It also indicated that there was a need to identify vulnerable South African communities so that development planners could begin working on viable site-specific adaptation strategies.
The research, conducted by the Centre for Water Resources Research (CWRR) at the University of KwaZulu-Natal (UKZN), revealed that communities least able to adapt were also those most exposed to the downside risks associated with climate change, partly owing to patterns of urban migration and the geographic legacies of apartheid legislation.
The CWRR research project was conducted in the Mgeni catchment, in KwaZulu-Natal, and the Berg catchment, in the Western Cape, which both hosted urban settlements, rural areas as well as subsistence and commercial farming.
The catchments had high-density urban settlements, implying that a large number of people, living in a relatively small area, were vulnerable to climate change impacts.
It found that these communities did not have the capacity or resources to protect themselves or their properties from possible climate change impacts.
CWRR environmental hydrologist Sabine Stuart-Hill said those directly dependent on natural resources were most likely to be affected by changes in the availability and distribution of those resources.
She added that, by identifying which communities were vulnerable to which forms of climate change, researchers could advise development planners on the most viable adaptation strategies for each location.
“Urban migration may have a negative effect on people’s ability to adapt to climate change as they experience disruptions in social structure and lose traditional practices,” explained Stuart-Hill.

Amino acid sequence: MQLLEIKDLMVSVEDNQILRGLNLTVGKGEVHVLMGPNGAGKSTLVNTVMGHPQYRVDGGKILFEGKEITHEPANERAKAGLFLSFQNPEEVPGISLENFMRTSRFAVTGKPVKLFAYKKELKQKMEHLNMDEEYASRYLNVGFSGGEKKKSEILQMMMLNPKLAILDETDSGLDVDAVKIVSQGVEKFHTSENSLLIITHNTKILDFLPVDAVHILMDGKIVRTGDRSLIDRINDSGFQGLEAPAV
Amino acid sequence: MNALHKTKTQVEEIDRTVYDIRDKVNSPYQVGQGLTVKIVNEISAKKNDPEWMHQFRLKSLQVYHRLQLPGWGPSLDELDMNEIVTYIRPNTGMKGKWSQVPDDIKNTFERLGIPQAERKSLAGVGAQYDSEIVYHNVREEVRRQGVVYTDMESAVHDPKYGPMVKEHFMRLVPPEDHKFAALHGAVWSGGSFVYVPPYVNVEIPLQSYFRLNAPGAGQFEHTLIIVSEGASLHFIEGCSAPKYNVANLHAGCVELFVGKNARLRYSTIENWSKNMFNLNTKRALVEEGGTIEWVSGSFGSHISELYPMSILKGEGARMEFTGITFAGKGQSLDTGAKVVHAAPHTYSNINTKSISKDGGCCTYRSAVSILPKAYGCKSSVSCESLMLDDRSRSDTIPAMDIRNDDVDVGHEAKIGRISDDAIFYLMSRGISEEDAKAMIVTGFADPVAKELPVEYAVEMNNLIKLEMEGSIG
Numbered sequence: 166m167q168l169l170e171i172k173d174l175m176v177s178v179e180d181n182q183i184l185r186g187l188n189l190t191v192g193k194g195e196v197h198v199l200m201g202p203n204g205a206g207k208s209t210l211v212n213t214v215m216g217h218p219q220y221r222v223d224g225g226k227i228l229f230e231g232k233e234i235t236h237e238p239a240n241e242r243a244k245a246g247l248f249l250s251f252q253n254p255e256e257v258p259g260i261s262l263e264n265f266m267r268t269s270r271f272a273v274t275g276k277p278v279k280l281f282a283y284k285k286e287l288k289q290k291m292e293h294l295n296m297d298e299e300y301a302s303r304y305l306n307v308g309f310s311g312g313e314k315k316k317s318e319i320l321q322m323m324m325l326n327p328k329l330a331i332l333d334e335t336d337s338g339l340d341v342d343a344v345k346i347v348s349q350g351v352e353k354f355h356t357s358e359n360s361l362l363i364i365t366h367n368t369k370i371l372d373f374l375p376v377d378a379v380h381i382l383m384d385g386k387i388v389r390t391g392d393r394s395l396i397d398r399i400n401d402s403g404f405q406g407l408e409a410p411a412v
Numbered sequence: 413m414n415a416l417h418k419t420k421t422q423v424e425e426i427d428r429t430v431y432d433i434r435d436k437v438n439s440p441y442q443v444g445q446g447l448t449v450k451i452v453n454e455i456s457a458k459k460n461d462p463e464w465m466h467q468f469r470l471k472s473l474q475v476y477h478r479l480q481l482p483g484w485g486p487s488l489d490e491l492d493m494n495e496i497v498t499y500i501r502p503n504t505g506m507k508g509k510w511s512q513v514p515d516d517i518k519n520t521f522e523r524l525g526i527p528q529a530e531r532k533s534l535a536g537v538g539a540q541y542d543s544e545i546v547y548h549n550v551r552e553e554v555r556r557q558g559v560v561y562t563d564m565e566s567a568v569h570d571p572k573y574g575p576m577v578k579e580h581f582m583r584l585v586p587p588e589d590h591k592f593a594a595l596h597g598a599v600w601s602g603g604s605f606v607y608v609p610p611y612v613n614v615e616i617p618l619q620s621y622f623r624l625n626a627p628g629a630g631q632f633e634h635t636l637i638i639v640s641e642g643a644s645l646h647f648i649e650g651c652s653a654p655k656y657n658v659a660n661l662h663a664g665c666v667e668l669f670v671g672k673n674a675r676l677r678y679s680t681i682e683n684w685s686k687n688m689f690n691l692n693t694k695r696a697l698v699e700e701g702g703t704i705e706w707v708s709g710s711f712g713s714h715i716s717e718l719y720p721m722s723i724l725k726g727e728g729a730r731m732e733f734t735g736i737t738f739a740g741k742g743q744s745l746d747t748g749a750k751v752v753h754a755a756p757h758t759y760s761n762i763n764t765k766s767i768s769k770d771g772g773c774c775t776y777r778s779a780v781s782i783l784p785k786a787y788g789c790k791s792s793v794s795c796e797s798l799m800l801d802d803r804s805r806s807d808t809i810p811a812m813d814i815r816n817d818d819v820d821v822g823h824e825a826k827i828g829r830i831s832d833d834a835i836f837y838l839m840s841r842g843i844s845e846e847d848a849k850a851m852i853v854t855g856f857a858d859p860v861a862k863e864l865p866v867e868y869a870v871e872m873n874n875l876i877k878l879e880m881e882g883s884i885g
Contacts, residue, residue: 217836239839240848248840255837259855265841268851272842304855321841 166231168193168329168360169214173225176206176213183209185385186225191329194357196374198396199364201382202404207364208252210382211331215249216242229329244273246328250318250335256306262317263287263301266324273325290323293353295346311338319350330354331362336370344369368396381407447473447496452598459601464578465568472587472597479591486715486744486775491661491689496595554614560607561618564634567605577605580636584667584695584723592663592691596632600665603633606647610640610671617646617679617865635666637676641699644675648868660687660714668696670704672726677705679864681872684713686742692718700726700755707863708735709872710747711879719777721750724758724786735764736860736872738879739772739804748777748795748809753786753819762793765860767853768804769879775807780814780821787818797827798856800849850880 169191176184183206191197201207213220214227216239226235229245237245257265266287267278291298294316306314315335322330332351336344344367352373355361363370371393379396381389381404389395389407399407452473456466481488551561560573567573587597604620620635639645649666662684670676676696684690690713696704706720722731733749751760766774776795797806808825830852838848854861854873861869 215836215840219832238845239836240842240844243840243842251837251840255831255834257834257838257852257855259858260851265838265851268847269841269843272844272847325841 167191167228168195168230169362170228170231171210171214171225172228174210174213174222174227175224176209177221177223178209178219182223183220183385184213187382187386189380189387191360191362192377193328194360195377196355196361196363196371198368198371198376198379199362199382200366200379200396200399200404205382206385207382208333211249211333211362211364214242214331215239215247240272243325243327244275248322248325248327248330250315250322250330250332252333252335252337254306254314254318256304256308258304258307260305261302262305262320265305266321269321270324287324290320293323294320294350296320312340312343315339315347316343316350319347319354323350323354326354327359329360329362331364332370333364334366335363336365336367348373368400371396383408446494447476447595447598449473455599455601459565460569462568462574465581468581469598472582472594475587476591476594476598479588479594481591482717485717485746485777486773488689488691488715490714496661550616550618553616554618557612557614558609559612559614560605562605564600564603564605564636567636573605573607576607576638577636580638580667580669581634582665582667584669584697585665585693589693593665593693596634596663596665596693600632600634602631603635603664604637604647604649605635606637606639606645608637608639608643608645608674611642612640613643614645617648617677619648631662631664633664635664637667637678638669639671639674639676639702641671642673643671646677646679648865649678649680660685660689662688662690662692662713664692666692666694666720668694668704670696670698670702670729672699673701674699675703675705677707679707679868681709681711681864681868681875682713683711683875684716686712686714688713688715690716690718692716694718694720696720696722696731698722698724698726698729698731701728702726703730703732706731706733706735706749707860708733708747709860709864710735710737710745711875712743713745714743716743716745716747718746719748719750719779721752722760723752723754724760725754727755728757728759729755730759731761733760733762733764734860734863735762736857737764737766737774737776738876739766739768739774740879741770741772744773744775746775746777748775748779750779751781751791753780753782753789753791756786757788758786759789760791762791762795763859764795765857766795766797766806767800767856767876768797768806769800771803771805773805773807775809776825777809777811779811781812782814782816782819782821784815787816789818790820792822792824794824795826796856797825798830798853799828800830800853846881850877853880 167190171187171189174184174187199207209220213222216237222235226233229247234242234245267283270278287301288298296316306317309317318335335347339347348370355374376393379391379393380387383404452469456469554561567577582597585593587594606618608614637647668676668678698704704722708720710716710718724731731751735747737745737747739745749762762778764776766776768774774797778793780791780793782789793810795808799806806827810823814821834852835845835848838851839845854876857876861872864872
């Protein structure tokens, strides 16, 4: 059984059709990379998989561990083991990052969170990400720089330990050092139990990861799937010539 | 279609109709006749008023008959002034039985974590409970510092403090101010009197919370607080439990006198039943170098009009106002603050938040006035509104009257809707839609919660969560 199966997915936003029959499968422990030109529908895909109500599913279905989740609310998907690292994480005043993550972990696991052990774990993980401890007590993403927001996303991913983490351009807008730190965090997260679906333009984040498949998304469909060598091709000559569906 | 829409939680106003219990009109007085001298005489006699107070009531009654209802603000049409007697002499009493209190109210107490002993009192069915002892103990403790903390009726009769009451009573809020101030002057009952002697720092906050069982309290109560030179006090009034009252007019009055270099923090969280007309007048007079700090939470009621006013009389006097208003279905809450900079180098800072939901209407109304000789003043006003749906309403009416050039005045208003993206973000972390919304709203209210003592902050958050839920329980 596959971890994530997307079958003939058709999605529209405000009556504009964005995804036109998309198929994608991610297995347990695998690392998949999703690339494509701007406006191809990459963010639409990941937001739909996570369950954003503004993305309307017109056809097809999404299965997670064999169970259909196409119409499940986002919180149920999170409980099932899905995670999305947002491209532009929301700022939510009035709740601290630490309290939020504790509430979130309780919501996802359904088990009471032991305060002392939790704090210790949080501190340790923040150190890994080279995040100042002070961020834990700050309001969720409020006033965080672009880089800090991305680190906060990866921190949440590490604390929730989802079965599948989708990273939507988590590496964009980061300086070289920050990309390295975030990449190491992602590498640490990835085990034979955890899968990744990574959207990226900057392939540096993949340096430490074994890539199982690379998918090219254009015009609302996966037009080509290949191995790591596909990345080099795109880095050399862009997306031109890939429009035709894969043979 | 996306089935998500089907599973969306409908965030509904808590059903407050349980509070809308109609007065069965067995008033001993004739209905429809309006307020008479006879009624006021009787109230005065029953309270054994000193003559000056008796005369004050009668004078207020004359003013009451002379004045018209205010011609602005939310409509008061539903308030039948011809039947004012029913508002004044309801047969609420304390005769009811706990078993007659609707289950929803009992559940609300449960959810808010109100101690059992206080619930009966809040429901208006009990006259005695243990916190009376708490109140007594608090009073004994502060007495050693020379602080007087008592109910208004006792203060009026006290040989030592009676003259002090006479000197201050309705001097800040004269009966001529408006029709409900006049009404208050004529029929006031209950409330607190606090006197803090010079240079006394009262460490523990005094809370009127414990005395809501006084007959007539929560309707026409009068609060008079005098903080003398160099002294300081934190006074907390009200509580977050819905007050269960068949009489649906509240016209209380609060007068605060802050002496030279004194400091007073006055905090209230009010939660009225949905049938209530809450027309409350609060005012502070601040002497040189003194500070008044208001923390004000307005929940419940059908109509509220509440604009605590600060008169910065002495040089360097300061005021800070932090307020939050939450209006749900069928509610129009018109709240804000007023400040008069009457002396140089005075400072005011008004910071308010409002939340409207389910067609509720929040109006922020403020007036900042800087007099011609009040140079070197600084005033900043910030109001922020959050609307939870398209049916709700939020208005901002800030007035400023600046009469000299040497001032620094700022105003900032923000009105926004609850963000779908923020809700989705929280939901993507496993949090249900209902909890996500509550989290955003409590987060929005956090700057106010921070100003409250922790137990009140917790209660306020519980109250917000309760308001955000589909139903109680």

Traditional or informal households were also at greater risk owing to flooding, as buildings materials and structures lacked the structural integrity to withstand the pressures of floodwater.
In addition, the use of open water also had various social and health issues, such as the risk of waterborne diseases.
“The need to reduce the number of people relying on open water sources is imperative in both catchments as these communities are using unsafe water sources and are at risk to changes in water quality and quantity,” said Stuart-Hill.
Research indicated that while rainwater tanks and groundwater extraction could be viable alternative water sources in certain catchments, such as the Mgeni, it might not be a viable option to those already making use of boreholes in catchments such as the Berg, owing to a predicted decrease in the recharge of groundwater as a result of climate change.
Source: Engineering News (By Natalie Greve)
Many of these rural areas experience fairly good rainfall so rainwater harvesting and rain water tanks really should be initiated. Some of the older style rural buildings have thatched roofs (especially in Kwa-Zulu Natal) which are generally not suited to rooftop rainwater harvesting. However, corrugated iron rooftops are gradually taking over and these make for ideal rainwater collection surfaces. A plastic water tank is easy to transport and installation is simple- a 2500 litre or 5000 litre water tank installed at each household would make a huge difference to quality of life. Local, small-scale solutions to climate change and water scarcity are often far superior to big, high-profile projects such as dam building. If one drives through the rural areas of South Africa, one often sees expansive dams that are hardly utilised (no pumps, electricity, pipes, purification/treatment plants to supply water to the communities). The result is that rural women must walk great distances to collect dam water which is potentially contaminated by livestock and human waste.
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